Looking for a movie to watch while staying at home. Here’s a gem of a film. It’s the absolutely brilliant The Hitchhiker’s Guide to the Galaxy. ‘Course you can guess what Uncle Bardie will have to say about it. You know he’s about to give an A+. five-star, thumbs-up to the 2005 film, based on the equally brilliant book of the same name.
There’s few films that should be seen over and over again. Not many but a few. The Hitchhiker’s Guide to the Galaxy is the leader of that pack. It’s Doctor Who with a good budget, only better. Actually it is three movies in one. First you see it forward. Then you see it backward on a backward movie-playing machine. You can purchase the special player to play it backwards from a little old lady on Fifty-fourth Street. She gets them wholesale from a warehouse in the two-hundred-and-third dimension. Finally you play it sideways. But that’s a whole different fish of another sea.
Speaking of fish, The Hitchhiker’s Guide to the Galaxy begins with dolphins singing their farewell to the planet, “So long and thanks for all the fish.” Then there’s a man waking up and yawning. Can’t you feel the excitement building up? Before you know it, he’s brushing his teeth. His name is Arthur Dent.
Outside some guys are about to break Arthur’s house. They’re tearing it down to make room for a new highway. They have bulldozers to do the job too. Unfortunately that isn’t the bad news. The bad news, the Vogons are coming. What’s the big deal about that? you ask.
That is where Ford Prefect, Arthur’s friend, comes in. He knows things because he’s from somewhere in the vicinity of Betelgeuse. This is a really good part of the movie where the two have a drink in the local pub and the drinking is done to the sound of Perry Como singing “Magic Moments” in the background.
Any movie that can get Perry Como singing in it is bound to get at least one star just for the effort. Ford tells Arthur that the earth is going to be destroyed in about twelve minutes, just enough time for Arthur and Ford to consume three beers. What’s an end of the world without a beer or two?
The Vogons are going to blow up earth to make room for a new thoroughfare through this corner of space. Just as Arthur and Ford are finishing up their last beer, a spaceship arrives and its driven by those Vogons. A very ugly race indeed. So ugly they put the ug in ugly.
Before they can make the earth go kablooey, Ford throws out his towel and grabs Arthur and they are transported inside the Vogon vessel. Arthur has done his first bit of hitchhiking, thanks to Ford’s towel. And don’t panic. The dolphins got the heck off the third-planet-from-the-sun safely.
To understand the outer space creatures, Arthur needs to stick a fish in his ear. The fish do the translating from Vogon to Arthur Dent-ish. Arthur and Ford are escorted to an arena where the Vogons are reciting poetry. The Vogons are possibly, no make that definitely, the worst reciters of poetry in the galaxy, and possibly in the universe. Oh, you think not. I’m here to tell you men have gone insane listening to Vogon poetry. Somehow, and that is a big somehow, Arthur manages a smile and says some nice things about the poem recited.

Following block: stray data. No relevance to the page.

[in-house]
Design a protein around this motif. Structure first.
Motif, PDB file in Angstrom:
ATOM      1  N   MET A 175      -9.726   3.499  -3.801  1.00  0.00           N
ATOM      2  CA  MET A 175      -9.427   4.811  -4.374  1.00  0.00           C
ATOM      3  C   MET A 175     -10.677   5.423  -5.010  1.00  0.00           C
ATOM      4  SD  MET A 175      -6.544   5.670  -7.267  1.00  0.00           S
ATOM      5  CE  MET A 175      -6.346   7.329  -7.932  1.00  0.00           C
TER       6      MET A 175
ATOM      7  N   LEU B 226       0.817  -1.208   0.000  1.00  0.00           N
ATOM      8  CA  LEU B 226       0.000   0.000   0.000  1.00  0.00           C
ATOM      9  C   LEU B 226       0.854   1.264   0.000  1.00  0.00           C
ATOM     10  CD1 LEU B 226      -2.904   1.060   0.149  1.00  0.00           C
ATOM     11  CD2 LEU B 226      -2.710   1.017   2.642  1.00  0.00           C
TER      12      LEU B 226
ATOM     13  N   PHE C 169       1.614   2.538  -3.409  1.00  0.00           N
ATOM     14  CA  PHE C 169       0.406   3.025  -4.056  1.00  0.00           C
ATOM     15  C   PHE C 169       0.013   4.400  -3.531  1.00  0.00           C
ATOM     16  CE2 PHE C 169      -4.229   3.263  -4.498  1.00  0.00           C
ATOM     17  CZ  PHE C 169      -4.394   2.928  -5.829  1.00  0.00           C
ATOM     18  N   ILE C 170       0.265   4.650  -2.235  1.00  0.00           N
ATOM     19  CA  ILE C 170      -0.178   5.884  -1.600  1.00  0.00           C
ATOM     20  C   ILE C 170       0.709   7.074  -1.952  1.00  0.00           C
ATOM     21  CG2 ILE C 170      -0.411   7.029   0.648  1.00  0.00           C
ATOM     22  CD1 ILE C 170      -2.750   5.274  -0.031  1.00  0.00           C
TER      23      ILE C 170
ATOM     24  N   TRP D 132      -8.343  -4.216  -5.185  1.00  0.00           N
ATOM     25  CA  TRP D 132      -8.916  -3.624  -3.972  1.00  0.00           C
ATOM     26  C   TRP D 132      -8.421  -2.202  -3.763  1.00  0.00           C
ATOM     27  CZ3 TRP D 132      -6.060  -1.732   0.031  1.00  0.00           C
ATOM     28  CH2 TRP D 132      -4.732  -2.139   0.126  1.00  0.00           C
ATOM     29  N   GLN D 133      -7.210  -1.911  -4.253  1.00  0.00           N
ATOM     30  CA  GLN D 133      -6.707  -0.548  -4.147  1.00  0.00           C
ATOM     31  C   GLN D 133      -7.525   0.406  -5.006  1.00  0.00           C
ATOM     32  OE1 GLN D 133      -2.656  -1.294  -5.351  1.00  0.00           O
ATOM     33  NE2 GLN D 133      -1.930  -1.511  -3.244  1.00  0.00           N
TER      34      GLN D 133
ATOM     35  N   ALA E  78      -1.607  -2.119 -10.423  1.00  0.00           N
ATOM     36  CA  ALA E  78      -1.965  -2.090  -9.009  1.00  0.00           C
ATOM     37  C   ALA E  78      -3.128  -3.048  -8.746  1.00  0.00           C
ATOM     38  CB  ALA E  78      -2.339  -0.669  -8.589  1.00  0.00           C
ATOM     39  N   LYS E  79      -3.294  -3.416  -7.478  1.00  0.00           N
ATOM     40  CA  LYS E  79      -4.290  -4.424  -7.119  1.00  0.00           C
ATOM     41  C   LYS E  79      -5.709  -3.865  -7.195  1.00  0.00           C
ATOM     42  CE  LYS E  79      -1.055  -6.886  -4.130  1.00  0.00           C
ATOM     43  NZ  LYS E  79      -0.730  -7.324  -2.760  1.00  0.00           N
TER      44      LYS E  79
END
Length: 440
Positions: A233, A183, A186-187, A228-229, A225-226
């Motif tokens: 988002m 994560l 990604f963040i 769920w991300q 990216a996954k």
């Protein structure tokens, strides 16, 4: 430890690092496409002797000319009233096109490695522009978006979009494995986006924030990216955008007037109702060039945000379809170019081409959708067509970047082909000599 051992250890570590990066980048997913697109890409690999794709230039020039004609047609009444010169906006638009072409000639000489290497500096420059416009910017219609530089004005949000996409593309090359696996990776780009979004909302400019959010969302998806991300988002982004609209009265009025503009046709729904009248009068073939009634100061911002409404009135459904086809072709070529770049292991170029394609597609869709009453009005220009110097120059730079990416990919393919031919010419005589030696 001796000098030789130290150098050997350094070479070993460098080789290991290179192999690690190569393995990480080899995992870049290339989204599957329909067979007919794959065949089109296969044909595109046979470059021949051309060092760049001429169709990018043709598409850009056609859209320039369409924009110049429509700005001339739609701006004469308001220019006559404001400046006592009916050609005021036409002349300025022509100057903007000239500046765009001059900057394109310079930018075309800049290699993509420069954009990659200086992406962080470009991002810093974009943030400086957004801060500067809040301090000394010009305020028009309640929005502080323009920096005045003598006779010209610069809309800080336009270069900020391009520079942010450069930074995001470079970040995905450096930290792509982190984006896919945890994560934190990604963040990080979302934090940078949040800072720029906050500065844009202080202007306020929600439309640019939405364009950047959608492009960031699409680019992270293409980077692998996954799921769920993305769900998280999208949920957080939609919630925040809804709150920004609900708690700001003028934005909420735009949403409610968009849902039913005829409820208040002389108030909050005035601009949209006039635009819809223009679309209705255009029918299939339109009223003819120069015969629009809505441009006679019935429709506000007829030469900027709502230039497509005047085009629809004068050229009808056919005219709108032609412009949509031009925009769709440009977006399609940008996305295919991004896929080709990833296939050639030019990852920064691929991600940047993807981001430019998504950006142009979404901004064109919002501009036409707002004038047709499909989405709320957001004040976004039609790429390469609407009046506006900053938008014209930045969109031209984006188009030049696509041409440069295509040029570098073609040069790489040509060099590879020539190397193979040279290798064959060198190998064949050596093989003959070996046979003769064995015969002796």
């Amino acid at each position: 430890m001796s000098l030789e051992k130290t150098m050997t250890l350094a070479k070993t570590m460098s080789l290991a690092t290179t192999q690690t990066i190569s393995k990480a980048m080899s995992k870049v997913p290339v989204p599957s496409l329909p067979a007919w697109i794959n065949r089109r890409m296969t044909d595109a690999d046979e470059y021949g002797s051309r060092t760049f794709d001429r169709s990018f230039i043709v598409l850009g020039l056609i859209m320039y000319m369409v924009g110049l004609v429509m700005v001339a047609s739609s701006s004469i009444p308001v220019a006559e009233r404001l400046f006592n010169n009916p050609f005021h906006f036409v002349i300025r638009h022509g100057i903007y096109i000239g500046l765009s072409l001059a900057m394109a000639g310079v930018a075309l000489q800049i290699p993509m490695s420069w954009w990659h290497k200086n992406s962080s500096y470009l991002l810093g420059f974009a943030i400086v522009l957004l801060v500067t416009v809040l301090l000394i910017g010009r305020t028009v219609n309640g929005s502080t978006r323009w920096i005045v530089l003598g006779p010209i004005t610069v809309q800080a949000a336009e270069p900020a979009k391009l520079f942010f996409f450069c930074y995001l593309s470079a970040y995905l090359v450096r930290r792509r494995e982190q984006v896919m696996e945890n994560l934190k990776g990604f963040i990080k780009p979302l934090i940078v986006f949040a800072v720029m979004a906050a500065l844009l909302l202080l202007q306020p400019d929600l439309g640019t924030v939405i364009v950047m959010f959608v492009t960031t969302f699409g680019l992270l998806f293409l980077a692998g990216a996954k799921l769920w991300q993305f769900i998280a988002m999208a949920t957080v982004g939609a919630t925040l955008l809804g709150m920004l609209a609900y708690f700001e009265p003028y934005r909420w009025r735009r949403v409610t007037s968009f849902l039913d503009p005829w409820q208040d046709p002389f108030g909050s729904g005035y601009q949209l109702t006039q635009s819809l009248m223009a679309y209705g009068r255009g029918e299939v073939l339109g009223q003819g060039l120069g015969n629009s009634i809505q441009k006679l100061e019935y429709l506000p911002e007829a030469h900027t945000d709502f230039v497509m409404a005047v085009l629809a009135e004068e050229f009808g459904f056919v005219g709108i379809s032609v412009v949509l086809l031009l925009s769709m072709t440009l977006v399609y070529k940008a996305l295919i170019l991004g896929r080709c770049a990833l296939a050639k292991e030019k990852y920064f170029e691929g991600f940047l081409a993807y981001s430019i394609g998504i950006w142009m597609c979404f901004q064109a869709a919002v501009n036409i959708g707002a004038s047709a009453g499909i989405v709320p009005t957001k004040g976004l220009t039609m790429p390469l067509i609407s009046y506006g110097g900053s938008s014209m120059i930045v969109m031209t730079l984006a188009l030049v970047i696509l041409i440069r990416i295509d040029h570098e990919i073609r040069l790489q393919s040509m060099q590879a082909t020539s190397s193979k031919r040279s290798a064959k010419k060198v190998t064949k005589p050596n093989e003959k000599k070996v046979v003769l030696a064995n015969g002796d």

Suddenly he and Ford are dropped back into space. (And they didn’t even receive an invitation from Space either.) They manage to hold their breaths for thirty seconds before they fall into another spaceship. They find themselves turned into sofas and in a white room. (I mean, if you’re going to land in an alien spacecraft, what better disguise than a sofa. I’ve had dreams of being a sofa, but all I do in those dreams is sit there and wait for something to happen.)
They shake off their sofa disguises and the door opens. In comes a very depressed robot named Marvin, voiced by Alan Rickman. He was built with GPP. That stands for Genuine People Personality. Marvin, not Alan Rickman.
How do we know that Marvin is depressed? He talks. If Alan Rickman was a depressed robot, this is the depressed robot he’d be. Some of the things Marvin says: “I’d make a suggestion but you wouldn’t listen. No one ever does.” “I’ve been talking to the ship’s computer. It hates me.” And “I have a million ideas. They all point to certain death.”
On the spaceship, Arthur and Ford meet the heroine, Trillian (Zooey Deschanel). It takes a lot of courage to be on the same ship with the worst dressed sentient being in the universe. But Trillian is up to the job.
Zaphod Beeblebrox, better known as a narcissistic moron, has two heads, one inside the other. He’s the president of the galaxy. And he is a narcissistic moron. But you can take some comfort in the fact that he does smarten up when he puts on the Thinking Cap. He is in search of the ultimate question. He already has the ultimate answer. That answer is 42.
In pursuit of this ultimate question, Arthur, Ford, Zooey, Marvin and Zaphod go to the legendary planet Margrathea. Unfortunately, when they arrive, not one but two, yes two, nuclear missiles are fired at them. What happens next? You will have to see the movie to find out. Let’s just say it has to do with a whale. Marvin sums the experience up in his own inimitable way with: “I told you this would all end in tears.”
The Hitchhiker’s Guide to the Galaxy is one of the few movies that can out-Fifth Element The Fifth Element. If any studio is thinking of remaking this movie, don’t. This is a movie that should only be remade once every two hundred years. Go ahead and do 27.5 remakes of Batman Begins. I really don’t care. Just leave Hitchhiker’s Guide alone. If you do make the attempt, don’t be surprised if a Vogon shows up at your door with that darn nasty attitude of theirs.
Oh, one final thing. Make sure you’ve got your towel when you see this one. You might need it. And Marvin will appreciate it.